Over the past year, I’ve become greatly involved in tabletop RPGs. I am a Gamemaster (GM) for two Pathfinder groups (one weekly, one monthly) and I have a Player Character (PC) in a monthly Dungeon World group. I view all of these sessions as cooperative experiences. In this editorial, we’ll be looking at how to facilitate a co-op experience and environment for tabletop RPGs.
I’m sure many of you have extensive tabletop RPG (henceforth just “RPG”) histories, so I just wanted to be clear that these are just some experiences I’ve had, and some opinions I wanted to share. I’d love to hear some of your thoughts on this matter in the comments below!
The GM is the Storyteller, Not the Overlord!
It’s easy to get the mistaken impression that an RPG is competitive in nature. The GM controls the enemies and NPCs while the PCs fight, coerce, bribe, and kill said enemies and NPCs. It’s important to dispense with this impression as soon as possible. Any GMs that want to keep players certainly can’t approach the game with the mentality that they “win” if they kill all the PCs. The GM needs to perform a tricky balancing act of presenting content that challenges the PCs, but doesn’t frustrate them. As a GM, I’m just as invested in the story as the PCs. Their triumphs are my triumphs. I definitely don’t see the monsters and NPCs as my “team.” I think about how they would react, given their personality or creature type, and have them react accordingly. The GM is there to breathe life into the world and guide the story along, not to ruin the PCs’ days! If everyone participating in the RPG session understands that, you’ve already laid the groundwork for a successful cooperative experience.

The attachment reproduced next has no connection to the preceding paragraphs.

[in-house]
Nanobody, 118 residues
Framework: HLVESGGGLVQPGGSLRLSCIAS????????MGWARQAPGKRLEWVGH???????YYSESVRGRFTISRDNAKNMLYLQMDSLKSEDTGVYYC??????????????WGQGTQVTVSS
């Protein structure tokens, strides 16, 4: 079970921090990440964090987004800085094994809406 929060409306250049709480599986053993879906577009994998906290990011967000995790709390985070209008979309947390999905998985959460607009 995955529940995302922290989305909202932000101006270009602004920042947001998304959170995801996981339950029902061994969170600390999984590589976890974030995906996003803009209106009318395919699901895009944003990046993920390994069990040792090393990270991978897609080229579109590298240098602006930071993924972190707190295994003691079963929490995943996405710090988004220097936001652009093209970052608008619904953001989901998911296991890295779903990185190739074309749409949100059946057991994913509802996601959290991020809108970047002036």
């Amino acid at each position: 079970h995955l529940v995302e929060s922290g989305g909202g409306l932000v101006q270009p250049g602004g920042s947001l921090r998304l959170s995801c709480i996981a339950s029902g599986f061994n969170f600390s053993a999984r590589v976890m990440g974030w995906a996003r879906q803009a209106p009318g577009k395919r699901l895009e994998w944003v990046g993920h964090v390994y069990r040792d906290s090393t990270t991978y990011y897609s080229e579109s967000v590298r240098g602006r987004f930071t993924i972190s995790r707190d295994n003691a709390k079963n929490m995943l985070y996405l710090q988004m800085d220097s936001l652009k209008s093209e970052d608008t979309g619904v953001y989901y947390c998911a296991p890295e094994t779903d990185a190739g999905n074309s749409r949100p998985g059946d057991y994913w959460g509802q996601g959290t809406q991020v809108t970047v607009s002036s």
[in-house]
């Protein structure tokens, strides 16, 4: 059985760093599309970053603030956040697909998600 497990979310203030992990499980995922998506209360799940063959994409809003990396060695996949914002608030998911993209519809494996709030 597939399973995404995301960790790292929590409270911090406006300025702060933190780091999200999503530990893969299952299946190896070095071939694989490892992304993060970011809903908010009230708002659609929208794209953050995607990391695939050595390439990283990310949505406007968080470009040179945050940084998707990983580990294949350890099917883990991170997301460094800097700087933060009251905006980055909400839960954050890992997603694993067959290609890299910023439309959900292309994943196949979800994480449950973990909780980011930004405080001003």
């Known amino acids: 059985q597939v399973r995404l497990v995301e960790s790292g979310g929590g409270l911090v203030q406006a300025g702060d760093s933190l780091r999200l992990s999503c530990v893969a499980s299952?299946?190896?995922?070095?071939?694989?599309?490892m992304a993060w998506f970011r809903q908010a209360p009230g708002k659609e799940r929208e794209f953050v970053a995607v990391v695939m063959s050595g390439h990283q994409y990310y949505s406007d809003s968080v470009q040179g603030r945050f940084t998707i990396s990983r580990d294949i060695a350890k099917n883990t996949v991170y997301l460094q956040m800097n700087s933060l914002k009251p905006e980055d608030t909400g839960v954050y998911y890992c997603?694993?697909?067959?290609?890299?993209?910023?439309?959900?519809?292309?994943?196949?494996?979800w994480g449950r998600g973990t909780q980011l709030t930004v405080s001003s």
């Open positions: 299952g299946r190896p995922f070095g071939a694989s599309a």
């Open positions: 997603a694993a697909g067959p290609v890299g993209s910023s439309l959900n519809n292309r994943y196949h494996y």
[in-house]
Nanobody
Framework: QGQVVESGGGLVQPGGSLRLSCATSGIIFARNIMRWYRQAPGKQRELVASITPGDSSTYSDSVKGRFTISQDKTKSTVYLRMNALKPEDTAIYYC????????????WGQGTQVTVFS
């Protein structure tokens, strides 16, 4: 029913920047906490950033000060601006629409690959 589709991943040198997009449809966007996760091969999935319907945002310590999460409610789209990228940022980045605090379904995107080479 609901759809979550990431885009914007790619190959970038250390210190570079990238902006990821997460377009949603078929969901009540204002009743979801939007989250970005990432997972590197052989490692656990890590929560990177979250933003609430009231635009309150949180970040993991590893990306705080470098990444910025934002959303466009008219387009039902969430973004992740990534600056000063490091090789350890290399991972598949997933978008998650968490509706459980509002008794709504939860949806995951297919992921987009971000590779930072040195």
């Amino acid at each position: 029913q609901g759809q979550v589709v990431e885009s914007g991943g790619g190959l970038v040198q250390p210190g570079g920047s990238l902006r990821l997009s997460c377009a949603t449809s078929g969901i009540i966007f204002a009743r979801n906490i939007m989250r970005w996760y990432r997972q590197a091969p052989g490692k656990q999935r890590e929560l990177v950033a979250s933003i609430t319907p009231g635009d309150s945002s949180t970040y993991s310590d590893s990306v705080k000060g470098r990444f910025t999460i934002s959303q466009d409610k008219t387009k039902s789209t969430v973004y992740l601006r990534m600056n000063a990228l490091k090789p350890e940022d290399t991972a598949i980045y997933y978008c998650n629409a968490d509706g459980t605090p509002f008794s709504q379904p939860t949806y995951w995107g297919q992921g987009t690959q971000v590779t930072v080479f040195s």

Sympathize, Distance Yourself, and Communicate
Even with the best intentions, however, a session can all too easily still take on a competitive atmosphere. Sometimes a stubborn or belligerent NPC isn’t giving the PCs what they want, or sometimes a player might disagree with a decision that the GM has made. I’ve been on both sides of the conflict, and can attest that it’s no fun in either case. As a GM, I’ve felt ganged up on and as a PC I’ve felt either frustrated or annoyed at the GM or my fellow PCs for giving the GM a hard time.
There are a few things I’ve learned from these experiences that I really feel can help defuse the tension. First, try to put yourself in the other player’s shoes for a moment. How would you feel if the situation was reversed? One of the biggest reasons I’ve seen these types of conflicts arise is that people are really invested in what’s going on in the game - which is great! That means they care. What’s not so great, though, is having a player’s emotion get too entrenched in the PC or NPC that they are representing. So, try to take a step back and distance yourself from the character. Remind yourself that the other player is your friend and while they’re representing the other character, they might not even agree with what that character is doing.